etting back to traveling can give families dealing
with stroke a fresh perspective by going with
others who share similar challenges. While
traveling post-stroke can be challenging, going
with a group can offer “a safe place to explore
new boundaries for both the caregiver and the survivor,”
said cruiser Laura Latham.
Cruise ships that dock in any US ports are required to
abide by the Americans with Disabilities Act and offer
numerous accessible cabins making cruising a great option.
The Aphasia Recovery Connection (ARC) offers one
or two cruises every year for survivors with language
challenges. Many attendees also use wheelchairs because of
ARC’s next sail is September 2016. The ARC Cruises
offer sessions by rehab experts as well as a chance to explore
ports and meet other families dealing with strokes.
Cruiser Cherry Burt said, “It is helpful being with people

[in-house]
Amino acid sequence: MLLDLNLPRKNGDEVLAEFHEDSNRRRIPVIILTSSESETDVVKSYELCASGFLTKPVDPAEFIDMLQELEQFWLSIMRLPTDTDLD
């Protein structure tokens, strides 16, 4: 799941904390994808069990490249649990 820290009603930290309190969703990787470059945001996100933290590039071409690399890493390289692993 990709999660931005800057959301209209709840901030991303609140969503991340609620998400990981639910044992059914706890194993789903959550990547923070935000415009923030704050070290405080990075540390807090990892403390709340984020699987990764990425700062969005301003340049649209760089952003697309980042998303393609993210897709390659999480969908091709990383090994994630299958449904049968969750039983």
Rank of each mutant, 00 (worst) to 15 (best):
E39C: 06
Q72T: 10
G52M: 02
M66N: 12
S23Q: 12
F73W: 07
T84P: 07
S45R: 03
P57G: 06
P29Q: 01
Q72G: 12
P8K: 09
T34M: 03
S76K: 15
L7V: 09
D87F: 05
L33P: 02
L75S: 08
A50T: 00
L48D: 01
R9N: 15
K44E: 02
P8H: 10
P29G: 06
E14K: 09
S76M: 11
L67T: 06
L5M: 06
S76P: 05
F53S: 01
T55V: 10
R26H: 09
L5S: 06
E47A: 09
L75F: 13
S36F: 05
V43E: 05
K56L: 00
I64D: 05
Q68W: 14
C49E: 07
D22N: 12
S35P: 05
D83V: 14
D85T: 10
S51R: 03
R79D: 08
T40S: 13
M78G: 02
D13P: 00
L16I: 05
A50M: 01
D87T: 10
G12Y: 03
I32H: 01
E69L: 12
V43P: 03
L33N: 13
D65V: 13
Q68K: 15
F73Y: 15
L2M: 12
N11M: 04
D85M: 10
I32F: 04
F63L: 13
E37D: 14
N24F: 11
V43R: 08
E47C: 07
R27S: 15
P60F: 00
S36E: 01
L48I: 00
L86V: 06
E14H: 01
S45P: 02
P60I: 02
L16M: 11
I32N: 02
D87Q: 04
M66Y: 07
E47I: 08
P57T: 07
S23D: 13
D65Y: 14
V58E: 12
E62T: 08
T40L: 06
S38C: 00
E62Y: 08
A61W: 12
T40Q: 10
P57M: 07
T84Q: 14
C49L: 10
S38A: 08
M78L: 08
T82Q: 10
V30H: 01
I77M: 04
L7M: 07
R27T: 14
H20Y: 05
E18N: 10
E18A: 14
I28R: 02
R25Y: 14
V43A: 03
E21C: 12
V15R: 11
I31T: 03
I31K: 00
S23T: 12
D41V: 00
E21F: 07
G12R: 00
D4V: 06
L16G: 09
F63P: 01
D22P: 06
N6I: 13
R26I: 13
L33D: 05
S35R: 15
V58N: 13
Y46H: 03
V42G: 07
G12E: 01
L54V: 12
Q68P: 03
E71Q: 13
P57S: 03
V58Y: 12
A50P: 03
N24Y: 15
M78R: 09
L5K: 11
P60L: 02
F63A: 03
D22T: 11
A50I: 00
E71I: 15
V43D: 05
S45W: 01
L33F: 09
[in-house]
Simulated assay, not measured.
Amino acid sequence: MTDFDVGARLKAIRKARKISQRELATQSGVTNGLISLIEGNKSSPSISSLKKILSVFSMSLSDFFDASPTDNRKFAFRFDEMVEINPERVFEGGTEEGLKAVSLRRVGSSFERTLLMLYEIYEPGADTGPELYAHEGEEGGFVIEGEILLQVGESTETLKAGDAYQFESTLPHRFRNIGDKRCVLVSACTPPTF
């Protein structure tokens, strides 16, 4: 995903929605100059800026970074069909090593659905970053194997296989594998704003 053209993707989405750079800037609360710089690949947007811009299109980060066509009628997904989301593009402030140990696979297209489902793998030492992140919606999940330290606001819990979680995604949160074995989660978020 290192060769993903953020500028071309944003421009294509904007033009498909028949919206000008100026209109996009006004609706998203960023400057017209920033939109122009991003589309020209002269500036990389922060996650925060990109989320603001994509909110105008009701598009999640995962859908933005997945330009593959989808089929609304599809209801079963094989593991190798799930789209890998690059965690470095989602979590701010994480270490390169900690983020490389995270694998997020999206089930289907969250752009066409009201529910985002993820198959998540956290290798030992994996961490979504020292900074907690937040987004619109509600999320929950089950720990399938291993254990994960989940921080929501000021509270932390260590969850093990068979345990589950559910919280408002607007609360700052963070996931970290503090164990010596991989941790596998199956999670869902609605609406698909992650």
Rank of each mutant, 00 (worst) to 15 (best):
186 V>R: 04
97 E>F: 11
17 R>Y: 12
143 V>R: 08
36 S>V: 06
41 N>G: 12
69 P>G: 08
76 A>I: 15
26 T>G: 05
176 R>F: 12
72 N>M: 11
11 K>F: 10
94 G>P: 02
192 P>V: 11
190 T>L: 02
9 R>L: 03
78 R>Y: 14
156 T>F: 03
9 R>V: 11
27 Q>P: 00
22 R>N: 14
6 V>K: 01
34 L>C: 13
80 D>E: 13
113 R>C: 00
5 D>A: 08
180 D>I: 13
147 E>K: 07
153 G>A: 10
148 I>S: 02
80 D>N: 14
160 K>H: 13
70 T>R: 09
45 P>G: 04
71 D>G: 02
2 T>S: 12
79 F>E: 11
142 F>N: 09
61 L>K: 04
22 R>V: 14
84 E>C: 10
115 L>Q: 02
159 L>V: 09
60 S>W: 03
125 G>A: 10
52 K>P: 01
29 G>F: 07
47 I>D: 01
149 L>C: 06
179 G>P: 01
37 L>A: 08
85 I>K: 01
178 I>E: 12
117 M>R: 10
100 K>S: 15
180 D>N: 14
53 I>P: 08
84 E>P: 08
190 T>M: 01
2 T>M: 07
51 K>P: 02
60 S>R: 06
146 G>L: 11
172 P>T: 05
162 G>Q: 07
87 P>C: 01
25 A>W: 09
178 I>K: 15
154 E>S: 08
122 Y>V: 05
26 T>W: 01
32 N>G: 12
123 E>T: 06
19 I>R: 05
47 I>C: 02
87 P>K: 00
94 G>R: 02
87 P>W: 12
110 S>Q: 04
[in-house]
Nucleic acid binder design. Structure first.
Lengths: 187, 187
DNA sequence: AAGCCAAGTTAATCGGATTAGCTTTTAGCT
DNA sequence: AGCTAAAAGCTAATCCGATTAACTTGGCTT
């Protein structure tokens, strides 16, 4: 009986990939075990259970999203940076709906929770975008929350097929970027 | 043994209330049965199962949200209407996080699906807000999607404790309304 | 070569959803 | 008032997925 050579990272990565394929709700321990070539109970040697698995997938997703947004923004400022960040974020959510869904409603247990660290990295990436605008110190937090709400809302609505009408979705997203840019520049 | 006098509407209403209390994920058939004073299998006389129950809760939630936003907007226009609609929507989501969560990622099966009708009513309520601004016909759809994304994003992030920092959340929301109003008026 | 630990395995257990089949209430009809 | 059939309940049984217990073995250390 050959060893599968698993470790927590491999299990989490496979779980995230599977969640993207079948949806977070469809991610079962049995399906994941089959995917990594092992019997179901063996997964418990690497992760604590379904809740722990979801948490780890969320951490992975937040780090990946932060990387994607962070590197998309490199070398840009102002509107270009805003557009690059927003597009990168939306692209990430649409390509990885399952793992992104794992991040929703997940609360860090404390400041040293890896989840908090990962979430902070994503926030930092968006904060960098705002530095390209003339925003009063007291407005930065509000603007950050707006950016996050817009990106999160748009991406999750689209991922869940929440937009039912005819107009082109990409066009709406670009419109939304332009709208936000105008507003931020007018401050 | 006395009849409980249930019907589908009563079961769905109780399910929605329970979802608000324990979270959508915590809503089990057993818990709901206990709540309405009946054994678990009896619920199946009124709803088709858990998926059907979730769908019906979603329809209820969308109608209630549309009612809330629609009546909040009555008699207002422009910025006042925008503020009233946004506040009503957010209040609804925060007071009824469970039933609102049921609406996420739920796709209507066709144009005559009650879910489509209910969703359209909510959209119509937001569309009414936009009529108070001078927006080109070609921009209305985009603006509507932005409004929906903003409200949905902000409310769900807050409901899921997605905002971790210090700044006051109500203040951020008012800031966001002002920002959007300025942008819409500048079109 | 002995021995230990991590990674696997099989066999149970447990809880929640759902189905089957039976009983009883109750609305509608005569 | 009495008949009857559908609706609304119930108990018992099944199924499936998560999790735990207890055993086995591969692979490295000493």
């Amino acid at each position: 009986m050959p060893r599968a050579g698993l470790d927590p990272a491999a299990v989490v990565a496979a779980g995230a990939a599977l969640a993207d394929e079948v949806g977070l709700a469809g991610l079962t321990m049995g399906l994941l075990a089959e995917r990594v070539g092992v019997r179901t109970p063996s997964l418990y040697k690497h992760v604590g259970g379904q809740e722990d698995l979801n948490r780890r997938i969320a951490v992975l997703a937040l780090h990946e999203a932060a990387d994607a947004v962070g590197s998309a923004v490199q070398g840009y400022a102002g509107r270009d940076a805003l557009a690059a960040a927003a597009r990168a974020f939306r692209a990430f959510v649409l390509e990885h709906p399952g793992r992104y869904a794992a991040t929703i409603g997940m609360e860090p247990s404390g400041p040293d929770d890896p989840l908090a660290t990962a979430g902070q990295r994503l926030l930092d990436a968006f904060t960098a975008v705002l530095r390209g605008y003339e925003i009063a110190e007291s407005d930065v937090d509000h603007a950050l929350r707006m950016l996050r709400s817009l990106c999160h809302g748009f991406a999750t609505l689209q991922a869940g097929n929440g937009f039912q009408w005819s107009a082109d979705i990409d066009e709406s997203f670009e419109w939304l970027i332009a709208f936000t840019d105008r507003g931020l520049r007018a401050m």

on the same journey. The onboard sessions let you learn and
understand that your feelings are normal.”
“Cruising gave me the chance to socialize with others
by talking, touring, dancing and having fun together,” said
survivor Edward Morgan.
Getting out and doing new things can also offer a shot
of motivation for survivors. Charade Rodriguez joined other
survivors on a cruise and found “new gusto” for life.
“It’s a joy to watch people’s confidence grow,” said
ARC’s Director Carol Dow-Richards, “and to watch people
find hope and inspiration while trying new things.”
See the ARC website for more information about ARC’s
Cruises, or call 702-336-0200. Clockwise: caregiver Rosemary Morgan, survivor Charade Rodriguez, caregiver Becky Parker, survivor Arthur Matarazzo
Survivors Christine Huggins and David Dow
Survivor Charade Rodriguez with a bespectacled cruise staffer